My journey to shoot for the moon.

Autism and Low Birth Weight

In October there was a study released in Pediatrics: The Official Journal of the American Academy of Pediatrics regarding Autism and Low Birth Weight (you can read the article and abstract at http://pediatrics.aappublications.org/content/128/5/883.abstract).

The study found (with a very small study group) that babies weighing less than 4.4 lbs at birth were 5 times as likely to be diagnosed with autism.

As a special education teacher my reply is, “Duh!” I realize the importance of proving that low birth weight results in an increased chance of being diagnosed with Autism. But low birth weight babies often suffer from so many difficulties. Being unable to process sensory input properly seems, to me, to go hand-in-hand with premature birth and many babies who have a low birth weight are premature. Does anyone else see the issue with the study?

What about trying to figure out what causes autism? What about trying to find ways to diagnose autism much earlier so that interventions can be established that will give the child the ability to function better in society?

It seems to me that discovering the link between low birth weight and autism was something that should have been established long ago. It is common sense. So, why is this being published now?

I have no clue. My guess is that this article was published to help to combat the supposed (and fabricated) link between autism and vaccines. Parents are desperate to “blame” something for their child’s autism. I can understand that. Parents don’t want to think that they did something to “cause” their child to have autism. They want to hear that it isn’t their fault. I get it.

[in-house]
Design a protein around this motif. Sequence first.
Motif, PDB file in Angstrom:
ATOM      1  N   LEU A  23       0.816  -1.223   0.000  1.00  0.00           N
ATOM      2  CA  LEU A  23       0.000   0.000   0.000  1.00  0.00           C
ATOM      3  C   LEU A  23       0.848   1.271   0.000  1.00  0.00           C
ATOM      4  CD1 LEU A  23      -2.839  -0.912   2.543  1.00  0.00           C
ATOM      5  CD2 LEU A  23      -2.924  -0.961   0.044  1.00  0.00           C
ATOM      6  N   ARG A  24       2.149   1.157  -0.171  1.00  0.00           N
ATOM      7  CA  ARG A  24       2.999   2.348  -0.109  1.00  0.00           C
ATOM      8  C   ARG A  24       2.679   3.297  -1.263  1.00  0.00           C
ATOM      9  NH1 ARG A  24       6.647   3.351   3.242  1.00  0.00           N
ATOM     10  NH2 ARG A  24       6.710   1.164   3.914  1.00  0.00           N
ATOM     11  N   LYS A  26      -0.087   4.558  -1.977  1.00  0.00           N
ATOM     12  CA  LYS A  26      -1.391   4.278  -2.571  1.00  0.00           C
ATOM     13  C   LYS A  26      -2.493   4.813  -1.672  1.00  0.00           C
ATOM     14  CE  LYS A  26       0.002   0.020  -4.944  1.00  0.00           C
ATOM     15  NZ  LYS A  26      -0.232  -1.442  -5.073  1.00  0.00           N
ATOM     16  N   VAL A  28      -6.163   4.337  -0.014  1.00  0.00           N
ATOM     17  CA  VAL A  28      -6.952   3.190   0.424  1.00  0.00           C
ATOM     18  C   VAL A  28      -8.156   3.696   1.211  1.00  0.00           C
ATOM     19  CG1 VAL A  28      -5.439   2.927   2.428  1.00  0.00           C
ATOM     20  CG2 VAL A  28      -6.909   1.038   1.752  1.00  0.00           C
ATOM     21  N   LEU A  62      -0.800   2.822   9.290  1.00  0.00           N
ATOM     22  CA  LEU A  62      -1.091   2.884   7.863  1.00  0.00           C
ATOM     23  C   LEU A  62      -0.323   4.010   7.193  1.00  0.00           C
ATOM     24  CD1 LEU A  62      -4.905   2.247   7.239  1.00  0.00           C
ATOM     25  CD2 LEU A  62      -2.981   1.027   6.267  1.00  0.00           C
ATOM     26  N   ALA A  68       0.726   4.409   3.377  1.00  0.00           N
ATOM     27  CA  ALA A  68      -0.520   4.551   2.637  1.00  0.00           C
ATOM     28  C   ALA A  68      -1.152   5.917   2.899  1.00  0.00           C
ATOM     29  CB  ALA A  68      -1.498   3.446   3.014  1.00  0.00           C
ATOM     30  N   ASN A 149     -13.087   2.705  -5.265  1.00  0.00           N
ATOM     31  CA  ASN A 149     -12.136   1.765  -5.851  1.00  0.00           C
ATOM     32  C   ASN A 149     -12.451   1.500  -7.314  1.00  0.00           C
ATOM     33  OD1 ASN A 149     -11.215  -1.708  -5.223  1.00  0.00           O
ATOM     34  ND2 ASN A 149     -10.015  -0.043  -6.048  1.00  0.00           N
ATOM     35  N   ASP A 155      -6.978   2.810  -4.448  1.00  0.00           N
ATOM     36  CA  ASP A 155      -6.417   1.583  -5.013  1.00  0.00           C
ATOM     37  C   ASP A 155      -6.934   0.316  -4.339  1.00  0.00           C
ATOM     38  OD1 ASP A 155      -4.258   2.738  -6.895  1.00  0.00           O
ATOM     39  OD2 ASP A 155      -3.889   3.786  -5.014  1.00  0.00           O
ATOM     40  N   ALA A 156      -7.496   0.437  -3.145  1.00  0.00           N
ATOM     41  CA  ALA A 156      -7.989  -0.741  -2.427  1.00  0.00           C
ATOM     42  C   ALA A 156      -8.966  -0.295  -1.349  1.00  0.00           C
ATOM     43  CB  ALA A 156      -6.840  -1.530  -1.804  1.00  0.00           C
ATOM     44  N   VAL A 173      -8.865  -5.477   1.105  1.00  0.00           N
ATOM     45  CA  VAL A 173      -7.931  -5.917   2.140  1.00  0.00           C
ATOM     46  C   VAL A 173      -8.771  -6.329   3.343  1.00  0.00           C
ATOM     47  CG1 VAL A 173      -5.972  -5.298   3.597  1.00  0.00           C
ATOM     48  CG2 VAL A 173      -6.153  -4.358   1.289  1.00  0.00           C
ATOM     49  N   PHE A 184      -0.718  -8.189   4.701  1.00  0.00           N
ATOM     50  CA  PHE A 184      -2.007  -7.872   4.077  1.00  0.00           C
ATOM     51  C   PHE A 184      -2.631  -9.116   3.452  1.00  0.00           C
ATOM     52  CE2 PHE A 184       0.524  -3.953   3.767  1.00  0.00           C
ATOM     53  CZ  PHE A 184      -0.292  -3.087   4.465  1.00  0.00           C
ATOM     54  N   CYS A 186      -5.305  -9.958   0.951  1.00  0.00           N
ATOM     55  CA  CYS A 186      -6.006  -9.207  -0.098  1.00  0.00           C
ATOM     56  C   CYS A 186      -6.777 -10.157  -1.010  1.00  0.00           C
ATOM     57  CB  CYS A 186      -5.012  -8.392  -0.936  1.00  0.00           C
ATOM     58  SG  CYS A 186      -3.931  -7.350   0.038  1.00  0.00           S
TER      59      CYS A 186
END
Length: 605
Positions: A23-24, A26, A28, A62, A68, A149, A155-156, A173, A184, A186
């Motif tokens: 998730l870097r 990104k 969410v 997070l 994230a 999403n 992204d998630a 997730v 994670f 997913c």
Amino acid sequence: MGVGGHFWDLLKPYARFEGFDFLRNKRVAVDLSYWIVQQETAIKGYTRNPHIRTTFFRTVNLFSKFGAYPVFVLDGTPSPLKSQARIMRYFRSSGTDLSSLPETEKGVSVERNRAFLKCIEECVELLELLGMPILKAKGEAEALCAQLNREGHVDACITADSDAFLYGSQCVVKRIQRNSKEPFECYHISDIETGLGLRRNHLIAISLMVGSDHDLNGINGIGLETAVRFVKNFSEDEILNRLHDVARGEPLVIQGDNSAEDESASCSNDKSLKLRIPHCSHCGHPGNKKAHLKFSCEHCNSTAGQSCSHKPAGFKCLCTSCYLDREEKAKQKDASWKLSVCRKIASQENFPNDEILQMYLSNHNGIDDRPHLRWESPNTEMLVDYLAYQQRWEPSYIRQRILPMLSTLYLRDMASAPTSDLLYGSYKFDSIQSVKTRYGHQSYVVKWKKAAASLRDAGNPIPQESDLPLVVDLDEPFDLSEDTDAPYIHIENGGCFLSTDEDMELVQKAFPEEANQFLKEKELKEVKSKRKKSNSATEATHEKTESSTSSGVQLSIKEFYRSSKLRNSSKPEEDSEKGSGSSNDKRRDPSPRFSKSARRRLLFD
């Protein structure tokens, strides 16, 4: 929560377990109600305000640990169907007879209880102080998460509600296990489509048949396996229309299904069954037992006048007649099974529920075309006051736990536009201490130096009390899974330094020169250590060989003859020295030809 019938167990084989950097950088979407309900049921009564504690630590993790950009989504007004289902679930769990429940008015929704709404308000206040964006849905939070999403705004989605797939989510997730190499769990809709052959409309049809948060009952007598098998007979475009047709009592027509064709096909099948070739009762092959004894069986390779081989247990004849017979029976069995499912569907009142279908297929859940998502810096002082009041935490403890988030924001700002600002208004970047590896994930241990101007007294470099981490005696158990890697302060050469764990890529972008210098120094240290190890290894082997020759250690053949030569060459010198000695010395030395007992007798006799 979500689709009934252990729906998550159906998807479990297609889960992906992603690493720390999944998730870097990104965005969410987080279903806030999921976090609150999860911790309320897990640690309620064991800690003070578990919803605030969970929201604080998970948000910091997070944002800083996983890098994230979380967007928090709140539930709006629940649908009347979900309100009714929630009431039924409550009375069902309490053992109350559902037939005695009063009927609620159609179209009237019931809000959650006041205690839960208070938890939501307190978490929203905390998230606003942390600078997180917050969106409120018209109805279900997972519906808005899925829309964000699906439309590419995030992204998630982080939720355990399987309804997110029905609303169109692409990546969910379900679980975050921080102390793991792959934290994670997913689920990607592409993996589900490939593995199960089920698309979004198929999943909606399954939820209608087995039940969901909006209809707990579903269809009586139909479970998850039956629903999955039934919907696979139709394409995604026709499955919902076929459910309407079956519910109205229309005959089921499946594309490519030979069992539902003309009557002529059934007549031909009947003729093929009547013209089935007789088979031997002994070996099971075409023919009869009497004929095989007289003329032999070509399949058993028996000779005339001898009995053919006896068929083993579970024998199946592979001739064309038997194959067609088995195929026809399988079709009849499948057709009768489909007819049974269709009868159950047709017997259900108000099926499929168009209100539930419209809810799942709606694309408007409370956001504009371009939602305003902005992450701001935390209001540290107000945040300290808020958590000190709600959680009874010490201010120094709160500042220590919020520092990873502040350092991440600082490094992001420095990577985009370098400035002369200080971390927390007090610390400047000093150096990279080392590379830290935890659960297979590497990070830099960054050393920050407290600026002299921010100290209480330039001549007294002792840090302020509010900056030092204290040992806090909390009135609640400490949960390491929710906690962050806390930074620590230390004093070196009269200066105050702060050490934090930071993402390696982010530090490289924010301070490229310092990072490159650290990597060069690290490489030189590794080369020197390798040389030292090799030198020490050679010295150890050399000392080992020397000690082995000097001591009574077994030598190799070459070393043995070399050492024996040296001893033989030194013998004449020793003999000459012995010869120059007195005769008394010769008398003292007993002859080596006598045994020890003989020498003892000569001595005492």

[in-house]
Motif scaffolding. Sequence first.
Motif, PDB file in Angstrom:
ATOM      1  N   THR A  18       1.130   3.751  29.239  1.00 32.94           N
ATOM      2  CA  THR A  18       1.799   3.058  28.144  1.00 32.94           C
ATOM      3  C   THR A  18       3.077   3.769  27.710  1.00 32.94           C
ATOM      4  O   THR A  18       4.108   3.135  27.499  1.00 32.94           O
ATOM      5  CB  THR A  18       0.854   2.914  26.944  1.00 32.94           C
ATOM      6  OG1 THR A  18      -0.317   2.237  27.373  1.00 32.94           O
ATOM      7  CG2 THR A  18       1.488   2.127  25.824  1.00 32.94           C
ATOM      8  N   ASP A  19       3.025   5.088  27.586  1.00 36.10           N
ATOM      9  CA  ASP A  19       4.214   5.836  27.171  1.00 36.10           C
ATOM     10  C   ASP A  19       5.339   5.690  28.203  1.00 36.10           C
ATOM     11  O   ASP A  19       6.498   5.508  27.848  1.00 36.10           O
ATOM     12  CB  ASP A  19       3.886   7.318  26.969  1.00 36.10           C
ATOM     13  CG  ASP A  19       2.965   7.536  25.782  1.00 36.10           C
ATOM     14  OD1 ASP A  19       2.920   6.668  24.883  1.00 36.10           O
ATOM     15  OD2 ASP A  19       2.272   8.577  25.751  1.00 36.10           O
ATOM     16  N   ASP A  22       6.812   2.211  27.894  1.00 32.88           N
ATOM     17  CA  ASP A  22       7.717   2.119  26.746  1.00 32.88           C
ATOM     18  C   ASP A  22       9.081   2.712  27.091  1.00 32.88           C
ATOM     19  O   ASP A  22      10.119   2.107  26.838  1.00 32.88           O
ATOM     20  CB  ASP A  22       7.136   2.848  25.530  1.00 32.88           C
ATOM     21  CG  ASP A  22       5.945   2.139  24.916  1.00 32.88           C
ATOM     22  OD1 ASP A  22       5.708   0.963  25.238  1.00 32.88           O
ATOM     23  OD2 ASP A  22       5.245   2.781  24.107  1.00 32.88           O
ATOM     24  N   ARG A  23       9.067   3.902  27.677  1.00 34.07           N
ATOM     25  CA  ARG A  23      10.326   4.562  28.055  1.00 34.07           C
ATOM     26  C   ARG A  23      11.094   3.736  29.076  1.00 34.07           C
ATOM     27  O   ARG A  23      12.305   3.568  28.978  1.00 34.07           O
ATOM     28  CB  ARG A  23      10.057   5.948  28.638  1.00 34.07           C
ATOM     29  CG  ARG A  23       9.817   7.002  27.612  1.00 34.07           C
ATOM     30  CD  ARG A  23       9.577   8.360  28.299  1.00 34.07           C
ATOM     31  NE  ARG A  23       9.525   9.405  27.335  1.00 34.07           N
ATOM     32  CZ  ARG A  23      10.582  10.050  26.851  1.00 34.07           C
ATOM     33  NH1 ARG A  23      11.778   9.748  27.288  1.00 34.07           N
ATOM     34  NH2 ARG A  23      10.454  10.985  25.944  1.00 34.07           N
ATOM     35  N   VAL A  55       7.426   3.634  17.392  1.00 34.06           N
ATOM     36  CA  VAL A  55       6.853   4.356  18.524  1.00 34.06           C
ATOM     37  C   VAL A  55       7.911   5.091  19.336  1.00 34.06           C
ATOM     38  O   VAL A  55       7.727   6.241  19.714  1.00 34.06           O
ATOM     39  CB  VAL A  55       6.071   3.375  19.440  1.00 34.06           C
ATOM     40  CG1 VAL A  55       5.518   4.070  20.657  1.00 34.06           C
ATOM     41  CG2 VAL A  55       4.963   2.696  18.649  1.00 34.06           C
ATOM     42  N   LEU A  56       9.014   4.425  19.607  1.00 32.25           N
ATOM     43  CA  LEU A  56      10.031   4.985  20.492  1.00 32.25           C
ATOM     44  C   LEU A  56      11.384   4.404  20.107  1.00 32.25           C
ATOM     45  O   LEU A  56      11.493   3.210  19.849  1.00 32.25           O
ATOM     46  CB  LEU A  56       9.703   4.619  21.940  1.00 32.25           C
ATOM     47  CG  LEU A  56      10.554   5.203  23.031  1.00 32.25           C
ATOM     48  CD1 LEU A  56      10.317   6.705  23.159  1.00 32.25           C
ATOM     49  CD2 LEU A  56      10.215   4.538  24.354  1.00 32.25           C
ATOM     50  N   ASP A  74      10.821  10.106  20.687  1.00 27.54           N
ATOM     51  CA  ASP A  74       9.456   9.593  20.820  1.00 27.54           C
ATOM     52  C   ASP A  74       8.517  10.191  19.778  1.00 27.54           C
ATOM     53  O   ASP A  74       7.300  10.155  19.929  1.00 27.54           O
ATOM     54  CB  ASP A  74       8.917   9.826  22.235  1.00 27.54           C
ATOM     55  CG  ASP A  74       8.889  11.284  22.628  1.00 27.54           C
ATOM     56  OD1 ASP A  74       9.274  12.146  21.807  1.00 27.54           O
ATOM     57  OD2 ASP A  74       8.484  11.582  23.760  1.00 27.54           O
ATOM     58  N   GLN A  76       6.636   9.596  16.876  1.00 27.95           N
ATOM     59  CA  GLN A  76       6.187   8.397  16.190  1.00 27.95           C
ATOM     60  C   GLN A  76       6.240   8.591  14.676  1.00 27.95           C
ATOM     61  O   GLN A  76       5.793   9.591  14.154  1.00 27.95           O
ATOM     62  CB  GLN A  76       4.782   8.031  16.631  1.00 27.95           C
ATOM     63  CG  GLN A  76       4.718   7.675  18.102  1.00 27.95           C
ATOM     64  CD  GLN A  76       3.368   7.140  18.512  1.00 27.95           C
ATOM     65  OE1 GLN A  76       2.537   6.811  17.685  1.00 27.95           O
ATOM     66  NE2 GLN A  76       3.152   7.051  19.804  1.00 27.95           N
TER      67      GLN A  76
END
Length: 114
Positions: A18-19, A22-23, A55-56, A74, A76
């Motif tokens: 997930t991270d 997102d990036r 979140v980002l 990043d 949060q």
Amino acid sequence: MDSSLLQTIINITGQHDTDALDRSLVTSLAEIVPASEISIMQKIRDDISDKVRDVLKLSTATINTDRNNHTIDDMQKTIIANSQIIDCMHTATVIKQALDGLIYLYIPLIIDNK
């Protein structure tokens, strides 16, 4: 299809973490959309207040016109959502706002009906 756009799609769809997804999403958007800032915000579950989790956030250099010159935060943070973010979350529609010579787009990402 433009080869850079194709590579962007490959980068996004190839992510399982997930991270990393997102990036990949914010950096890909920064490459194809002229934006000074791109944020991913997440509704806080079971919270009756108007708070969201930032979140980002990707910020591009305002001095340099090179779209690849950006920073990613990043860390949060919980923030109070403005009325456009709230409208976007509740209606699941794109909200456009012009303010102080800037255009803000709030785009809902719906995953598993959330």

But you can’t “cause” autism. It is a condition that is difficult to define (hence Autism Spectrum Disorder or ASD, Asperger’s Syndrome, and Pervasive Development Disorder or PDD) and experts don’t always agree. I’ve worked with some kids who have gotten an autism diagnosis, but exhibit many, many behaviors inconsistent with autism AND presents more consistently as a child with behavior disorders. There is a difference.

Perhaps the child was given the diagnosis of autism because that may be easier for parents to swallow than a behavior disorder diagnosis. However, it doesn’t help with the confusion about what autism is.

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Comments on: "Autism and Low Birth Weight" (1)

  1. Ryan was diagnosed with autism in 4 th grade by his IEP team despite my objections and denial. They said it was not necessarily a diagnosis as no doctors were present or consulted, BUT they could offer him more special Ed services with an autism diagnosis and really felt that was his best option for his education. It has worked out awesome for Ryan and he is now having a very successful transition to middle school and getting straight A’s.

    As for why it was published now, I think like everything else in this economy, people need to finish old studies and get them published so they can try to earn recognition to be approved for new projects they want to move ahead with.

    Like

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